Donald Drumpf's Wikipedia Page Is Proof That John Oliver's 'Last Week Night' Segment Had The Impact It Deserves
Donald Trump better gear up, because he's going to have to compete with his worst nightmare — a less elite sounding version of himself. If that sounds a little perplexing, you haven't watched John Oliver's 22-minute Last Week Tonight rant on the GOP candidate. Less than a week after the epic segment aired, Oliver's own creation — Donald J. Drumpf — is boasting his own Wikipedia page. Talk about a rapid rise to fame...
On a Feb. 28 segment of his show, Oliver encouraged his audiences to begin referring to Donald Trump as the "dopey" (to use one of Trump's favorite words) Donald Drumpf instead. In actuality, Oliver simply took Donald's last name, which has become a brand name for his empire, and swapped it out for his conveniently less attractive ancestral surname.
Oliver kicked off the segment by comparing Trump to a back mole America can't ignore for any longer. And that was the mildest of his criticism. One particular remark was packed with sarcasm and mockery on various levels: short fingers, gold sharpie, the aura of a cheap tool.
The very fact that he's so sensitive about [his fingers] is absolutely hilarious, as is the fact that those notes were apparently written in Gold Sharpie, which is so quintessentially Donald Trump: something that gives the passing appearance of wealth, but is really just a cheap tool.
According to The New York Times, Google Trends show that Donald Trump is the most-searched-for candidate in race. As of March 1, Donald Drumpf was the second most searched. Yes, you read that correctly — Donald Drumpf is being searched more frequently than even Ted Cruz and Marco Rubio.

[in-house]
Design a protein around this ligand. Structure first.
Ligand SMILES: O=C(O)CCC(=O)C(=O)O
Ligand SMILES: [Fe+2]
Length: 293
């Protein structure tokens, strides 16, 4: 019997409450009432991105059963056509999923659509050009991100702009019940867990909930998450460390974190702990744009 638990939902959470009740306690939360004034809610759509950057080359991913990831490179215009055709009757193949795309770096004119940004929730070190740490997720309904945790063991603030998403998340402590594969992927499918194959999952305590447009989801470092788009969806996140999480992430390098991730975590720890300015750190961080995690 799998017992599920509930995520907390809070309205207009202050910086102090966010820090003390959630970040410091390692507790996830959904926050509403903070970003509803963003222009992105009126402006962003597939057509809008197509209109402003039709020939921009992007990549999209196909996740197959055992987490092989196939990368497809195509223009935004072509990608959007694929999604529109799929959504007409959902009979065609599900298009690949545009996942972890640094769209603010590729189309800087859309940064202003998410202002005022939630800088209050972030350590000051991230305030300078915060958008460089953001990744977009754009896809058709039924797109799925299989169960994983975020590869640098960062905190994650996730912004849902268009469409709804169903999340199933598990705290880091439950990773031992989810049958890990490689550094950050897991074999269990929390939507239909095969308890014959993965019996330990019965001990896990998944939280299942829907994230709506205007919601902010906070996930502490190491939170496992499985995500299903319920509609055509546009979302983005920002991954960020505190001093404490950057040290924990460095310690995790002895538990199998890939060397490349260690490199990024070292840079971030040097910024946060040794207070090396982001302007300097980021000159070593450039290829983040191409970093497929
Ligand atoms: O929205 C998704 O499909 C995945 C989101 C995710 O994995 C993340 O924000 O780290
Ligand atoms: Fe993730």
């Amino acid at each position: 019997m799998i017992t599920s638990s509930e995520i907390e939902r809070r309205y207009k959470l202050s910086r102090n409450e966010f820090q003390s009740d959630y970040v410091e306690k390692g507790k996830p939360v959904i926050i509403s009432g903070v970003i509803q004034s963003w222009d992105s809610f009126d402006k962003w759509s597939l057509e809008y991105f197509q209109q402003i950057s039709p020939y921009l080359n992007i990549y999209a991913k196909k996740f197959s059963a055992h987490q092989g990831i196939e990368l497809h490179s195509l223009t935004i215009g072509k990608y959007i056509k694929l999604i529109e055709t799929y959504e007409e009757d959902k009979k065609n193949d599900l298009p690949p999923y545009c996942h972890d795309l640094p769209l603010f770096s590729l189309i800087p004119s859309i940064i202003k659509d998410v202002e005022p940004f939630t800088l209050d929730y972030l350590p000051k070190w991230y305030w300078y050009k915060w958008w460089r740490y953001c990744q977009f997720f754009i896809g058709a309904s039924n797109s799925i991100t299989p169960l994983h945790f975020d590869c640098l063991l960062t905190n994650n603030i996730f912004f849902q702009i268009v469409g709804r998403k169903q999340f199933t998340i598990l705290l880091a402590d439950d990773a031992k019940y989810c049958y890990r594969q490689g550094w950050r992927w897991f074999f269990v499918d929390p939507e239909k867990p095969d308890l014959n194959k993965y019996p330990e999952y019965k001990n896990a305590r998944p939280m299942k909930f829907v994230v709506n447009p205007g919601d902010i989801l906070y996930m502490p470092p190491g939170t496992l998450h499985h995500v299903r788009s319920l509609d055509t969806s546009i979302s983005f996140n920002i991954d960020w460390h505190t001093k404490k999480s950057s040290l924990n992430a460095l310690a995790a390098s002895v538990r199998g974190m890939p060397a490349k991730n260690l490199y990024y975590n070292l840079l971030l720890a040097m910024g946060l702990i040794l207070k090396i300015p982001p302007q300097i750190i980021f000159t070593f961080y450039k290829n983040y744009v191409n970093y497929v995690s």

There's something incredibly satisfying about that. Now, we just need to put Drumpf on the ballot instead of Trump.
With all of those searches, it was just a matter of time before Wikipedia provided all of the answers the Drumpf inquirers needed. The page describes Drumpf as a "parody character" and includes sections titled "Etymology" and "History." A photo captioned "Donald J. Drumpf looking his best" is funny at first-glance, but also shows the brutal nature of the joke itself, which goes as far to poke fun at the Donald's appearance.
That being said, Drumpf fans have zero reason to question their character because Donald Trump is the master when it comes to resurrecting high-school aged drama and name-calling. By normalizing an oftentimes pompous and immaturely crude attitude, he has made it "okay" for us to do the same to him. If the Drumpf Wikipedia took the joke a step too far — it linked the page to Trump's own campaign page — it was well-deserved.
And in case you think it didn't go far enough, the page's brief length suggests there's still much to be added. Trump needed to taste his own medicine sooner than later.
And Wikipedia isn't just the only place Donald J. Drumpf is popping up. Oliver's segment also brought to life a Twitter account titled @realDonalDrumpf.
Now, just one question remains: If Trump becomes president, will we refer to him as President Donald Drumpf?
Images: Wikipedia, Twitter